Receiving corps Despite uncertainty at quarterback, Michigan entered the 1997 season with a solid group of receivers, including Tai Streets and Russell Shaw, as well as returning All-Big Ten tight end Jerame Tuman. Analysts believed that a solid season by any of the Michigan quarterbacks could lead to a productive season in the passing game. Moreover, it was anticipated that Charles Woodson, regarded as one of the most versatile athletes in college football, would play on offense. Offensive line. Three linemen from the 1996 team had been selected in the 1997 NFL Draft: center Rod Payne, offensive guard Damon Denson and defensive tackle William Carr; as a result, Michigan began the season with only one offensive lineman, offensive tackle Jon Jansen, who had started a game. Jansen, a junior, had 25 consecutive starts entering the season; the offensive line was further weakened when Jeff Backus, suffered a ruptured appendix. In spring practice, offensive line coach Terry Malone made a plea for help during a staff meeting, searching for talent to fill in on the line.
To fill the holes on the offensive line, two defensive linemen, Steve Hutchinson and Chris Ziemann were moved to the offensive line. Strength of schedule Adding to the challenges facing the 1997 team, Michigan entered the season with the toughest schedule among the 112 NCAA Division I-A schools based on records from the previous year. Days before the season opener, Lloyd Carr compared the daunting schedule to an expedition to Mount Everest. Carr noted, "It's a little akin to climbing Mount Everest, but Mount Everest has been climbed. And with great preparation and determination, great attitude, which I think our players have, I can assure you we're looking forward to it." Michigan opened the 1997 season with a home game against Colorado. Three years earlier, Colorado had defeated Michigan in a game nicknamed "The Miracle at Michigan" on Kordell Stewart's 64-yard Hail Mary pass to Michael Westbrook as time ran out. Michigan won the 1997 game 27 to 3, a margin that eliminated the possibility of another last-minute miracle.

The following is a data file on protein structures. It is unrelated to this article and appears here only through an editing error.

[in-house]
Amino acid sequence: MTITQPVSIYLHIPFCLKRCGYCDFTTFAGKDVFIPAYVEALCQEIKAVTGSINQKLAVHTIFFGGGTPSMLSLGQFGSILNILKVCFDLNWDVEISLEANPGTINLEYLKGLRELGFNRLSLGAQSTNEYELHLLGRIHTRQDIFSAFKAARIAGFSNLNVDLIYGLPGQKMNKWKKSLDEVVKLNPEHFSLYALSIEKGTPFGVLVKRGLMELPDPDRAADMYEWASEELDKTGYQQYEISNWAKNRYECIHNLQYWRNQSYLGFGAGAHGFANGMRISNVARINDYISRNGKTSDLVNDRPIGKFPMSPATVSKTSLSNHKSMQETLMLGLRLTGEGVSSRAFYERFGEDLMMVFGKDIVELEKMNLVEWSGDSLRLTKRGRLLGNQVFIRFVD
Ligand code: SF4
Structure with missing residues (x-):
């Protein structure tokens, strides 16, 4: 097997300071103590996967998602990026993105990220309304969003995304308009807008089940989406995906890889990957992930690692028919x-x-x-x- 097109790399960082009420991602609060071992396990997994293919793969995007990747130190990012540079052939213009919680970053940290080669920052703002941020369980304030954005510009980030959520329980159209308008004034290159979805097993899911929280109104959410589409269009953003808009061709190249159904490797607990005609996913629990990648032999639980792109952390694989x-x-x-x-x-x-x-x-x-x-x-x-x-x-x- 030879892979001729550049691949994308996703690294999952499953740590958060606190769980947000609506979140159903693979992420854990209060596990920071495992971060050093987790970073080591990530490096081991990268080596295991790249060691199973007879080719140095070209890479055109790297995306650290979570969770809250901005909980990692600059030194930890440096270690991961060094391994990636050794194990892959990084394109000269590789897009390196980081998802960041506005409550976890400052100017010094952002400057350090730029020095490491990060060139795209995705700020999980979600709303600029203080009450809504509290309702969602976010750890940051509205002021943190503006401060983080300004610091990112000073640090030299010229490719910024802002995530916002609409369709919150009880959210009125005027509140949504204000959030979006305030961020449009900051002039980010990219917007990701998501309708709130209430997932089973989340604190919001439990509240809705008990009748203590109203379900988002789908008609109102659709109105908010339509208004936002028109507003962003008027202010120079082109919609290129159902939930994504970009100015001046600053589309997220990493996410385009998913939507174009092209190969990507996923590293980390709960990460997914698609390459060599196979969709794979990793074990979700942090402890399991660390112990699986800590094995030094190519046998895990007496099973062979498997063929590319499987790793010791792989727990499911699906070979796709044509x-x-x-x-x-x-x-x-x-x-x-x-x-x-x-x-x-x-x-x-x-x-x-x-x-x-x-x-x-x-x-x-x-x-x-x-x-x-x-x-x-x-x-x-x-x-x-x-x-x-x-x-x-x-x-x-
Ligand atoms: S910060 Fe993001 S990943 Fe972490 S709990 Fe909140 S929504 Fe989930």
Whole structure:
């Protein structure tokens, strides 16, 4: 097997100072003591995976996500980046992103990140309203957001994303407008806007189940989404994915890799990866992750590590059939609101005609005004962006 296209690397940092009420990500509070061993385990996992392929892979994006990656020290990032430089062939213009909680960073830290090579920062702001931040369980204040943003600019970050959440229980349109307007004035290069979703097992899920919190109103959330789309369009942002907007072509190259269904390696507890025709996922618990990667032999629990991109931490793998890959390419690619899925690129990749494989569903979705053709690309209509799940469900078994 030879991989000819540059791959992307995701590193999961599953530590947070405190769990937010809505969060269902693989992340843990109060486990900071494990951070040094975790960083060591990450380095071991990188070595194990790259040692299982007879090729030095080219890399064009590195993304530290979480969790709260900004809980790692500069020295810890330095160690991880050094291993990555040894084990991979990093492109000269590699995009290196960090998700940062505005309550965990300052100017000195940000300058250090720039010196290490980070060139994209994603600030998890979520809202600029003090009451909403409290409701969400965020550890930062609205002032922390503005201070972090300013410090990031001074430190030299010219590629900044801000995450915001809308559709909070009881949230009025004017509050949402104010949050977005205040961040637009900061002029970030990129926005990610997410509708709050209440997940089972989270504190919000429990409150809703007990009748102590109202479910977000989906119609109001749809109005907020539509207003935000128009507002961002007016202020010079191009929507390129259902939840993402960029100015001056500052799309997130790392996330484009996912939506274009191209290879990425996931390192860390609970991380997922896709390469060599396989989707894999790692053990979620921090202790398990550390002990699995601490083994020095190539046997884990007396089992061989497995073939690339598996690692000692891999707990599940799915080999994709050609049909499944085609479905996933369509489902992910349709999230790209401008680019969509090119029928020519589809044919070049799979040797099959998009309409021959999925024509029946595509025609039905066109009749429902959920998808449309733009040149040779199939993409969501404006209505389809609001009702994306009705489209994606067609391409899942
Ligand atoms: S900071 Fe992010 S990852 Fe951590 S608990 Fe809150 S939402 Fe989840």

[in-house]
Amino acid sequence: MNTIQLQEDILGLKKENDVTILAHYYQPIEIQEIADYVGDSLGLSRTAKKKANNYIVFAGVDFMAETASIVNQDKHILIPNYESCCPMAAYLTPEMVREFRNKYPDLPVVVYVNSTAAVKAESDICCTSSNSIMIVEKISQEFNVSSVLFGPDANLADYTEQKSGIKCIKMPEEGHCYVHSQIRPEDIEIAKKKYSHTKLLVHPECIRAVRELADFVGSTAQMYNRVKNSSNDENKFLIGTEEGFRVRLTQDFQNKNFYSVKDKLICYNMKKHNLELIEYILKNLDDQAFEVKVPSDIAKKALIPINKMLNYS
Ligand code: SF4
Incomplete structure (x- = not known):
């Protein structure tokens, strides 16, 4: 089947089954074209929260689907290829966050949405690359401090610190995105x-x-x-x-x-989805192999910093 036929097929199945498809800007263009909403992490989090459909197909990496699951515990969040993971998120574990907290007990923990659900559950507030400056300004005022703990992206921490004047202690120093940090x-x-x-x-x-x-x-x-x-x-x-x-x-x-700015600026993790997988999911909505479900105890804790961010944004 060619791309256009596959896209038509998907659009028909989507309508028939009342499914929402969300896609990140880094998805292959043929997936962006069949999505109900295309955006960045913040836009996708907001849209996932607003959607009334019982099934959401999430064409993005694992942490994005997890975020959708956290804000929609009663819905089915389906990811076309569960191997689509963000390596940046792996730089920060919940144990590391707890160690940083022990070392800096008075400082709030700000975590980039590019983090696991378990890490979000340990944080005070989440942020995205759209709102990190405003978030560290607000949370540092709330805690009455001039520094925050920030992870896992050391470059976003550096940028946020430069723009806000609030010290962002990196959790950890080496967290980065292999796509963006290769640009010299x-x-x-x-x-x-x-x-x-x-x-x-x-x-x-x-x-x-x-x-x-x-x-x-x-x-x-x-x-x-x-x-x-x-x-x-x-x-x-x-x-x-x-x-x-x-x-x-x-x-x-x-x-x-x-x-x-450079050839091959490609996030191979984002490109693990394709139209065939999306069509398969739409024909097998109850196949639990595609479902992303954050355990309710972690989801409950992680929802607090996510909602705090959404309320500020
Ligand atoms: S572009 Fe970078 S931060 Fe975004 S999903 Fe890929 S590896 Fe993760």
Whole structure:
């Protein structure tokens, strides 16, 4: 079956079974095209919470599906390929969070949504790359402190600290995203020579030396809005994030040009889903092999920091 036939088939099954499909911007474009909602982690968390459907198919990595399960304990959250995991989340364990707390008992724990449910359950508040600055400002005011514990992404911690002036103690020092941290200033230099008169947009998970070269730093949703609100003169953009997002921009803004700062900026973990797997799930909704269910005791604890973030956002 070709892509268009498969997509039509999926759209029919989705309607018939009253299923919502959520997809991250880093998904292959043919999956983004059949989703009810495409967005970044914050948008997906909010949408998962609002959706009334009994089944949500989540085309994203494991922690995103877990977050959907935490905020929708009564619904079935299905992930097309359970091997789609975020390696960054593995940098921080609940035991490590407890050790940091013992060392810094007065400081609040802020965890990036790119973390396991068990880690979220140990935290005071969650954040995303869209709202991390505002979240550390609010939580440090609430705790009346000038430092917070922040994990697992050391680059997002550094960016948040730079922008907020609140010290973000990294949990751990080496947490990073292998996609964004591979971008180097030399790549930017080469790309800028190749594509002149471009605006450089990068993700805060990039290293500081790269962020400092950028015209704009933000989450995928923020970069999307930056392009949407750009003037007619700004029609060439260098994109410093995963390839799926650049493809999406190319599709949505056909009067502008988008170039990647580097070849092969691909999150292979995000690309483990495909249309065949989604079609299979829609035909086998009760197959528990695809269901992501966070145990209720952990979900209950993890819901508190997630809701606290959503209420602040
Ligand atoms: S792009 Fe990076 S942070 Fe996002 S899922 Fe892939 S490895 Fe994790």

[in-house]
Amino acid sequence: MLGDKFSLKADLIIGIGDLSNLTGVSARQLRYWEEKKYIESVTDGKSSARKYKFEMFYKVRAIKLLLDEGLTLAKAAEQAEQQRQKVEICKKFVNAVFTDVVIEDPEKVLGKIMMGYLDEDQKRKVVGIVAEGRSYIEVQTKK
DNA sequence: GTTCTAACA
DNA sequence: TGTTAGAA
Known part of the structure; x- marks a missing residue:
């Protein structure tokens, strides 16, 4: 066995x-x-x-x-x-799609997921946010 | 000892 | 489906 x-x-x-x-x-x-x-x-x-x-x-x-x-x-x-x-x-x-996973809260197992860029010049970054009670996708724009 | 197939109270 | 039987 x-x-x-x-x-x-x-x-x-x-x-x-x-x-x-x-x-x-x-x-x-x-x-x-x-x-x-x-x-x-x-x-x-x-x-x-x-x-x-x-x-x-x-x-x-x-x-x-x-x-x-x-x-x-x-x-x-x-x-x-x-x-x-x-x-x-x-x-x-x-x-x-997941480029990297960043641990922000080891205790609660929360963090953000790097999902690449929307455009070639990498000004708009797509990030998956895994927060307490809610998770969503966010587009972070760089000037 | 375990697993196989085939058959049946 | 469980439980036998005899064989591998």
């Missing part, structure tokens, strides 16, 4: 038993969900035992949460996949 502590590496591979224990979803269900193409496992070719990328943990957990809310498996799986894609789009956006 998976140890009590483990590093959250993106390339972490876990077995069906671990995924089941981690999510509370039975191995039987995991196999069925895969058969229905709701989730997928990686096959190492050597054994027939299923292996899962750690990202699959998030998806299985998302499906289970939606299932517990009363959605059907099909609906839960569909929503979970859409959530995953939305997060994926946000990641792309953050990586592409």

Griese completed 21 of 28 forward pass attempts for two touchdowns. Tight end Jerame Tuman had five receptions for 126 yards. Defensively, Michigan intercepted four passes thrown by Colorado's John Hessler, while holding him to 141 yards on 15 of 39 passing. Throughout the game, Michigan relied on man-to
Big Ten Conference
The Big Ten Conference is the oldest Division I collegiate athletic conference in the United States, based in suburban Chicago, Illinois. Despite its name, the conference consists of 14 members, they compete in the NCAA Division I. The conference includes the flagship public university in each of 11 states stretching from New Jersey to Nebraska, as well as two additional public land grant schools and a private university; the Big Ten Conference was established in 1895 when Purdue University president James H. Smart and representatives from the University of Chicago, University of Illinois, University of Michigan, University of Minnesota, Northwestern University, University of Wisconsin gathered at Chicago's Palmer House Hotel to set policies aimed at regulating intercollegiate athletics. In 1905, the conference was incorporated as the "Intercollegiate Conference of Faculty Representatives"; the conference is one of the nation's oldest, predating the founding of the NCAA by a decade, was one of the first collegiate conferences to sponsor men's basketball.
Big Ten member institutions are predominantly major flagship research universities with large financial endowments and strong academic reputations. Large student enrollment is a hallmark of Big Ten Universities, as 13 of the 14 members feature enrollments of 20,000 or more students. Northwestern University, the only full member with a total enrollment of fewer than 30,000 students, is the lone private university among Big Ten membership. Collectively, Big Ten universities educate more than 520,000 total students and have 5.7 million living alumni. Big Ten universities engage in $9.3 billion in funded research each year. Though the Big Ten existed for nearly a century as an assemblage of universities located in the Midwest, the conference's geographic footprint now stretches east to the Atlantic Ocean. Big Ten universities are members of the Big Ten Academic Alliance, an academic consortium. In 2014–2015, members generated more than $10 billion in research expenditures. Despite the conference's name, the Big Ten has grown to fourteen members, with the following universities accepting invitations to join: Pennsylvania State University in 1990, the University of Nebraska–Lincoln in 2011, both the University of Maryland and Rutgers University in 2014.